The steps of Performance Management Process are as follows:-

Individual Goal Setting & Performance Planning

• A goal setting session between the PMS administration and the employee.
• listing down the major goals to be achieved in a year in line with functional objectives.
• Reviewing goals to assess the feasibility of their accomplishments; making sure the goals
are SMARTER- Specific, Measurable, Actionable, Realistic, Time-framed, Extended &
Rewarding.
• finalizing goals for a year.
• planning about how to achieve the goals.
• identifying the possible barriers in achieving them.
• planning on ways to overcome those barriers.
Mid Year Performance Review

• A performance review session between the PMS administration and the employee
• discussing performance progress status.
• revising performance plan (if needed) with new deadlines for goals

Performance Appraisal

• A performance appraisal session between the PMS administration and the employee.
• measuring performance as against preset goals.
• measuring competencies required for current role.
• measuring potentials as against required competencies set for future role.
• chalking out Individual Development Plan outlining to fill skill gap, motivation &
aspiration gap and communication & cooperation gap.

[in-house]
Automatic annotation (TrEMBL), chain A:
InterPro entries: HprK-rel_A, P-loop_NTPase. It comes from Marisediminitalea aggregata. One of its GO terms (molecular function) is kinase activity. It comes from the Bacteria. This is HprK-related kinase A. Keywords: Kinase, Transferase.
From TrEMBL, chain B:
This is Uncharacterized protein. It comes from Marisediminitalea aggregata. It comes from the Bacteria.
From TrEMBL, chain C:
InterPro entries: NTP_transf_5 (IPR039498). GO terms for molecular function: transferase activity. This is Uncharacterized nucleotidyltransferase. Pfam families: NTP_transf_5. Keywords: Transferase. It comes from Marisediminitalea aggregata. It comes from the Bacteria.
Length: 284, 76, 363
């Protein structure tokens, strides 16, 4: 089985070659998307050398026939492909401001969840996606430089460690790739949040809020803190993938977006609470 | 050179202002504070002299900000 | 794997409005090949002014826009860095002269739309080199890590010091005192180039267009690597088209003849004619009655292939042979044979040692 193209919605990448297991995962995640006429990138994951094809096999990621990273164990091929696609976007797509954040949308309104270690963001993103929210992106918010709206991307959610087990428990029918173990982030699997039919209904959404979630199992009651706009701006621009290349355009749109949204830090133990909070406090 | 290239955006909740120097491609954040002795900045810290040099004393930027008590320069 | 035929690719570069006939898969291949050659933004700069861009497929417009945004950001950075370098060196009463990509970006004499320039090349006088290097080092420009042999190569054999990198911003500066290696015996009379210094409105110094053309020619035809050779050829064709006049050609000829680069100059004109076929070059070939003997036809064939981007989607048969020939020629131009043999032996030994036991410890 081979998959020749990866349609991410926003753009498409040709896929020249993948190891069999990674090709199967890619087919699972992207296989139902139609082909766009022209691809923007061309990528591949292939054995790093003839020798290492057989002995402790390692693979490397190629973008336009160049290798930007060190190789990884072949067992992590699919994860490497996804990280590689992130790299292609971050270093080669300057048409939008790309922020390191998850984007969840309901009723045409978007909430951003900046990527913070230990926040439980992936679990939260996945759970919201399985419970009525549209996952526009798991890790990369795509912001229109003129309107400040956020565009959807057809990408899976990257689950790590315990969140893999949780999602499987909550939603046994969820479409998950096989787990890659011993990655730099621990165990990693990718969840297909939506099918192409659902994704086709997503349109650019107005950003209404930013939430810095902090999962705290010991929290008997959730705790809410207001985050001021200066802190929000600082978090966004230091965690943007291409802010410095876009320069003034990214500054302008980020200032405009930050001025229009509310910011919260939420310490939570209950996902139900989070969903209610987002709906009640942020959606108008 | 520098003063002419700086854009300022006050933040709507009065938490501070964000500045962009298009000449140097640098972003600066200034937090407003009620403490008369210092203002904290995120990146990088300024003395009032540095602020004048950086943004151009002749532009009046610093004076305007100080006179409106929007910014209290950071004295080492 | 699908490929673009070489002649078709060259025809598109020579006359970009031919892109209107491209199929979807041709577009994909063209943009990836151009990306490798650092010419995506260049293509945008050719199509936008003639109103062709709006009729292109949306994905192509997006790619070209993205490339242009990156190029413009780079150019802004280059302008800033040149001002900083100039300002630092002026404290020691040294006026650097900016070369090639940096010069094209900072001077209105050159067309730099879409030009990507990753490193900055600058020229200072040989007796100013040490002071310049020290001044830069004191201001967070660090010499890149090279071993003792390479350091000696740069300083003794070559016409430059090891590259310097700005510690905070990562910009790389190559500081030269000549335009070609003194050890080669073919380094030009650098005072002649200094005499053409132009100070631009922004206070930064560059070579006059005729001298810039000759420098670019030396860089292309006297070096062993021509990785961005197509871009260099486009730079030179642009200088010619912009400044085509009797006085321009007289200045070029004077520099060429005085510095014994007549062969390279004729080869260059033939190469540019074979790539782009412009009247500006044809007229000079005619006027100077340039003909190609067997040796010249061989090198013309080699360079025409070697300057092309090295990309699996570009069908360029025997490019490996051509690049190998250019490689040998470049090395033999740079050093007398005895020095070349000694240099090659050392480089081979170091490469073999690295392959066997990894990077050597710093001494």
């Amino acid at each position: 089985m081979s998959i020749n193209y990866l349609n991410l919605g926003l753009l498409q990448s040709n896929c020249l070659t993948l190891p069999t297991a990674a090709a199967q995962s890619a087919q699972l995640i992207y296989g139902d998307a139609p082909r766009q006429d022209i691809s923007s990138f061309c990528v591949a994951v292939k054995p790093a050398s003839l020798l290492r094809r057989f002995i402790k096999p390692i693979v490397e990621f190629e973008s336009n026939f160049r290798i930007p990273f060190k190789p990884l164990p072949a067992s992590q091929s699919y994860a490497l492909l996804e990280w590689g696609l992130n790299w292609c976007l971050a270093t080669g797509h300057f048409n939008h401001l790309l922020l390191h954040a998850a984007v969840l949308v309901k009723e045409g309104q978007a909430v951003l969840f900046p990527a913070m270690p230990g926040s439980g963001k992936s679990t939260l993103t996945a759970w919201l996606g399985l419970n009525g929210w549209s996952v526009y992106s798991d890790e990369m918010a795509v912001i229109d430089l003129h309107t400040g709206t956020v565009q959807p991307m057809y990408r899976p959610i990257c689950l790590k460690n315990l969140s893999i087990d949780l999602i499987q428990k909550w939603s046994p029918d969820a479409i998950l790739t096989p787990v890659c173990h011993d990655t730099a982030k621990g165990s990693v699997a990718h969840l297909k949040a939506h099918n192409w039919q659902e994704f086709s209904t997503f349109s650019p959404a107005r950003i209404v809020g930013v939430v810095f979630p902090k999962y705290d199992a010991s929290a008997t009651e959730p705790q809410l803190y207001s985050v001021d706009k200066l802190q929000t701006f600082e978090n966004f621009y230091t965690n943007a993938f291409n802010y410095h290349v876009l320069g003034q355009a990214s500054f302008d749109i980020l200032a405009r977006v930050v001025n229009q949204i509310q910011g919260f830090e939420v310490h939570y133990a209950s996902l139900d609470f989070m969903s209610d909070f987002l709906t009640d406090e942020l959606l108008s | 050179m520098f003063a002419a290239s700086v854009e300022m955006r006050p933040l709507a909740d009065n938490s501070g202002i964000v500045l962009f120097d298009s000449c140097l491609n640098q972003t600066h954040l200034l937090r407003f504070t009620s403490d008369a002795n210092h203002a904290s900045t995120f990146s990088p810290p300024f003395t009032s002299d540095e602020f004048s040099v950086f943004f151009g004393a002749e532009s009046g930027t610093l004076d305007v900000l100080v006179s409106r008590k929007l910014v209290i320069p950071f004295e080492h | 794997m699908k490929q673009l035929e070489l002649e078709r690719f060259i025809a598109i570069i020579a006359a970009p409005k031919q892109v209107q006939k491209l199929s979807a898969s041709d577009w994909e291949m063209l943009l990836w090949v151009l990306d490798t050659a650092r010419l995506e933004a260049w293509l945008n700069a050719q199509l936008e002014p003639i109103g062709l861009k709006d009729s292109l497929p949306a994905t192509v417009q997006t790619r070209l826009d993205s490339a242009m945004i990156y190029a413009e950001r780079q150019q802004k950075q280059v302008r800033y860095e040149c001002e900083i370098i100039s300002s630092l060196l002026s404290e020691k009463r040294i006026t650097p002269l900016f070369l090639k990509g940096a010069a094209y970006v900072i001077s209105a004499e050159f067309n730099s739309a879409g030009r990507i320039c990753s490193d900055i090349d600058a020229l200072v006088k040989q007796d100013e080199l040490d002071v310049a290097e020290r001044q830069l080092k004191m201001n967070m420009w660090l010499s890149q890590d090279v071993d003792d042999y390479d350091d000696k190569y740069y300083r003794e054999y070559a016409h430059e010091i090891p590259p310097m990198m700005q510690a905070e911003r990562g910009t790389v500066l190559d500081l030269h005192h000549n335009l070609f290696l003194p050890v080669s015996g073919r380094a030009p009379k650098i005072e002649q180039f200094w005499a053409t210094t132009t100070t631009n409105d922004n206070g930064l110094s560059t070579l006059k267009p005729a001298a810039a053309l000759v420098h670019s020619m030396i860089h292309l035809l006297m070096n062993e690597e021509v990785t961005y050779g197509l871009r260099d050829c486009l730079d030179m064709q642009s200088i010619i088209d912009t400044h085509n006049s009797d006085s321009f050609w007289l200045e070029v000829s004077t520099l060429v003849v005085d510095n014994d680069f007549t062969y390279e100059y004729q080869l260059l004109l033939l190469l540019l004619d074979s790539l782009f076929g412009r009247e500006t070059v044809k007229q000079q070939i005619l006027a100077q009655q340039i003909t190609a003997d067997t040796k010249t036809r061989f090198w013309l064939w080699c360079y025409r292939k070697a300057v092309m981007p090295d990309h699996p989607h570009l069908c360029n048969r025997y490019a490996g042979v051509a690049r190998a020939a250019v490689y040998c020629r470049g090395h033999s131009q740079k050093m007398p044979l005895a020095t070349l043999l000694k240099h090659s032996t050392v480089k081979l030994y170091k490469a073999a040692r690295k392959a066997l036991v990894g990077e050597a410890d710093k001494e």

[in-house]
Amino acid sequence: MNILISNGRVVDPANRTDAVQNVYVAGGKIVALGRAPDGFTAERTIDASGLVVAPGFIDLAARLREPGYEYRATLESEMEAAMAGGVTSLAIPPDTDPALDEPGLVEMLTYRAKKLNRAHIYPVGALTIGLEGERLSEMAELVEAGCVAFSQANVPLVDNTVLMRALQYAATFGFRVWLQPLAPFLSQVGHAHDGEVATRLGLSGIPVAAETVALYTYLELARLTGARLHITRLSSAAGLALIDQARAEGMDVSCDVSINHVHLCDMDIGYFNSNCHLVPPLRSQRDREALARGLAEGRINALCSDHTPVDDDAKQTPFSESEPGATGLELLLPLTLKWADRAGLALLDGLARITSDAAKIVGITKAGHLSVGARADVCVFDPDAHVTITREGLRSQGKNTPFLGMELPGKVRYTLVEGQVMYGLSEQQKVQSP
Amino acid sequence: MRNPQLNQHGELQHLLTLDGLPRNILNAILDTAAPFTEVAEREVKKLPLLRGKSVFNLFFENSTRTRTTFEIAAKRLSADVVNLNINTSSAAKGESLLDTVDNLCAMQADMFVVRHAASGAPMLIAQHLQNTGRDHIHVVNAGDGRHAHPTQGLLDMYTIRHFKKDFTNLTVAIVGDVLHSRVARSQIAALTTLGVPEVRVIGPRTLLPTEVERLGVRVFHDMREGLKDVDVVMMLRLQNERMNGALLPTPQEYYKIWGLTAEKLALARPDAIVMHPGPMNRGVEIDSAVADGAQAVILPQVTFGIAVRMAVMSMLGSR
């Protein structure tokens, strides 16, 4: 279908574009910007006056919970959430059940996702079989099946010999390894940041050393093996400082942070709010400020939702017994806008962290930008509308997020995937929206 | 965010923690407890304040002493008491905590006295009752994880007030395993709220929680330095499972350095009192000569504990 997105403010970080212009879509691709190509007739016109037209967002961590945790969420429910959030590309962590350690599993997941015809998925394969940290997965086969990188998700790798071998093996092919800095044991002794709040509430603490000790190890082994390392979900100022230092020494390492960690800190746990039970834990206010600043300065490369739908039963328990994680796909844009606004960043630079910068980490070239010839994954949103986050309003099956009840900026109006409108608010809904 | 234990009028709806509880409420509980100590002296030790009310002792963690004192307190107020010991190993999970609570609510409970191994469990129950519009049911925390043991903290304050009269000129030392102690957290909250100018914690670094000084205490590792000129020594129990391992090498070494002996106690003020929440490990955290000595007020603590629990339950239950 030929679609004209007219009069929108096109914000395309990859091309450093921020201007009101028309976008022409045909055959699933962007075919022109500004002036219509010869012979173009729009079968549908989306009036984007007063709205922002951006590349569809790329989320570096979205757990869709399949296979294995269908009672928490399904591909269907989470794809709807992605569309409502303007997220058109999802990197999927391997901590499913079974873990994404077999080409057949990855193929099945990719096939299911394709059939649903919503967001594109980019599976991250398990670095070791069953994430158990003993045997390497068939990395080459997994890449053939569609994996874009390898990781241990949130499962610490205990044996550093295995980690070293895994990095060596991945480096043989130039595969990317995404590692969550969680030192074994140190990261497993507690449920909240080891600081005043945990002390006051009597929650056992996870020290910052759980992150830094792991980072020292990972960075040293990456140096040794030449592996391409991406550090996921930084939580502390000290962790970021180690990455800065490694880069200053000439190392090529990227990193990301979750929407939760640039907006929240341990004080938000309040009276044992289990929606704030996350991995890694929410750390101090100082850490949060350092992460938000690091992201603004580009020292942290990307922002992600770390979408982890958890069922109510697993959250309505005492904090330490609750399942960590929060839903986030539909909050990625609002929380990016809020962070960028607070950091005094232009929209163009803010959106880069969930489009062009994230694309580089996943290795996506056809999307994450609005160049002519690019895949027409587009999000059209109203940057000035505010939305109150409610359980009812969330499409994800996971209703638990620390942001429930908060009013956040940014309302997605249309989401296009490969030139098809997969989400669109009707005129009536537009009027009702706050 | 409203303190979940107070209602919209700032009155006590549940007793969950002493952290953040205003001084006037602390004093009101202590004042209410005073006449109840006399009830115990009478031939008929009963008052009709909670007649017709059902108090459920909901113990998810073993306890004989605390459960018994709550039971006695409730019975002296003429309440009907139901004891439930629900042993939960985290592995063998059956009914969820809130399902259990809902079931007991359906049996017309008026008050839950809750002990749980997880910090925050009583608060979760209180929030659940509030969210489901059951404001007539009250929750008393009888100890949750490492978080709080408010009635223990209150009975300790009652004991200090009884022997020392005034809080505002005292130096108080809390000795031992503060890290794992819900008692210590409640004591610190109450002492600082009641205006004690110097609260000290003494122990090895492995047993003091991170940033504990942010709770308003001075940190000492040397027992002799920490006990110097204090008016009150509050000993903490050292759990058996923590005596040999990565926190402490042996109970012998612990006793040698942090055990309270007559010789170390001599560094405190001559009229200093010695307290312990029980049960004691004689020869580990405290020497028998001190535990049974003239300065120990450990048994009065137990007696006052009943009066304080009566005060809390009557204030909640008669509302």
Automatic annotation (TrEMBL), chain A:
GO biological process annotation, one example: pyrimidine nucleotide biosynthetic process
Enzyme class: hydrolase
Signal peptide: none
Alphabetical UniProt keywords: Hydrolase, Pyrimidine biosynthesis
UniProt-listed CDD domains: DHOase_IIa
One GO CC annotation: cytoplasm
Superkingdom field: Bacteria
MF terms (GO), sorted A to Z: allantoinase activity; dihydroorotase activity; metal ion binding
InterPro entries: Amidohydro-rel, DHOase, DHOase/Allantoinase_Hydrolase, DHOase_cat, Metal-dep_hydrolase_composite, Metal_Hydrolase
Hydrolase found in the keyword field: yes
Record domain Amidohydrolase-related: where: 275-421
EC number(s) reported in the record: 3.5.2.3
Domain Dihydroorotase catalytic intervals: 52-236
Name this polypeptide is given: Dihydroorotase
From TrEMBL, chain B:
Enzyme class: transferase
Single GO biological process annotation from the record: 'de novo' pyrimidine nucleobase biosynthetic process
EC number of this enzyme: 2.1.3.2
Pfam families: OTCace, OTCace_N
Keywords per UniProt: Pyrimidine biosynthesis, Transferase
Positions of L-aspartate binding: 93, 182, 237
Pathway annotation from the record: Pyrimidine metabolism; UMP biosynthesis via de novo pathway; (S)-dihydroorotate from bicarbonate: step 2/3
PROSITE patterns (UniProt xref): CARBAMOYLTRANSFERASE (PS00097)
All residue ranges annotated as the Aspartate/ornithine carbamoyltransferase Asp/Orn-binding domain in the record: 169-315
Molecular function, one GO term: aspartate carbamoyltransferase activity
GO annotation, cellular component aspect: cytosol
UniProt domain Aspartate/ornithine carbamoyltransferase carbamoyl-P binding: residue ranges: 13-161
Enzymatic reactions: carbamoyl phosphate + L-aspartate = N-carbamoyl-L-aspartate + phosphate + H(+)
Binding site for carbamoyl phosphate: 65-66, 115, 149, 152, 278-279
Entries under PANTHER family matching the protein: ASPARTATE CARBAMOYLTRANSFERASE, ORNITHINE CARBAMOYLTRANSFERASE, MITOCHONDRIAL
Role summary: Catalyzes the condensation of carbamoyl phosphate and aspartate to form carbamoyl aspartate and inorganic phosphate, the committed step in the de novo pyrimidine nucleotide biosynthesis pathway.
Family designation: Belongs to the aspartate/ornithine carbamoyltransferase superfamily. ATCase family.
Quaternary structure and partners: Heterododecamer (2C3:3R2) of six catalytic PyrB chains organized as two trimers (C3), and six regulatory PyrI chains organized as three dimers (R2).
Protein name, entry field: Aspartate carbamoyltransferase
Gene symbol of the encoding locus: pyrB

• chalking out Reinforcement plan to reward/recognize for success and punish for
deliberate failure.

The beauty of this Performance Management process is that it has three dimensions only,
which give three major outputs that can be fed into other four dimensions of HRM and not to
mention Performance Management also. The beauty is illustrated as follows:

Performance Performance
Rating Scale Outputs
Assessment Measures
Performance
Preset Goals 5-points New goal setting
Evaluation
Required
Competency
competencies of 5-points Development Plan
Evaluation
current role
Potential Evaluation Required 5-points Career Development
competencies of Plan
future role

PERFORMANCE MANAGEMENT SYSTEM

AT NTPC
PMS AT NTPC

PMS is a five step process:-

Step 1 Step 2

Performance Mid – year


planning Review

PMS Process
Step 3

Feedback
Step 5 Annual
Assessment

Normalisation
Process
Step 4

Step 1

• Identifying KPAs, Constituents, Weightages, Measures and Targets.


• Identifying Functional and Managerial Competencies for the appraise.

Step 2
• Joint review of performance
• Document Changes in KPAs if any
• Document mid year review discussion

Step 3

• Assessment of KPAs, Competencies, Values and potential by appraiser .


• Training and development plans.
• Review by reviewing officer

Step 5

• Communication of score
• Developmental feedback

KPA Setting Process:

Corporat Company Goals


e plan MOUs

Initiative Unit Goals


s
Functional
/Departmental Goals

Special Individual Goals


task

PMS COMPRISES ASSESSMENT ON FOUR PARAMETERS WITH DIFFERENT


WEIGHTAGES FOR VARIOUS LEVELS

S.NO. PMS PARAMETER WEIGHTAGES FOR DIFFERENT GRADES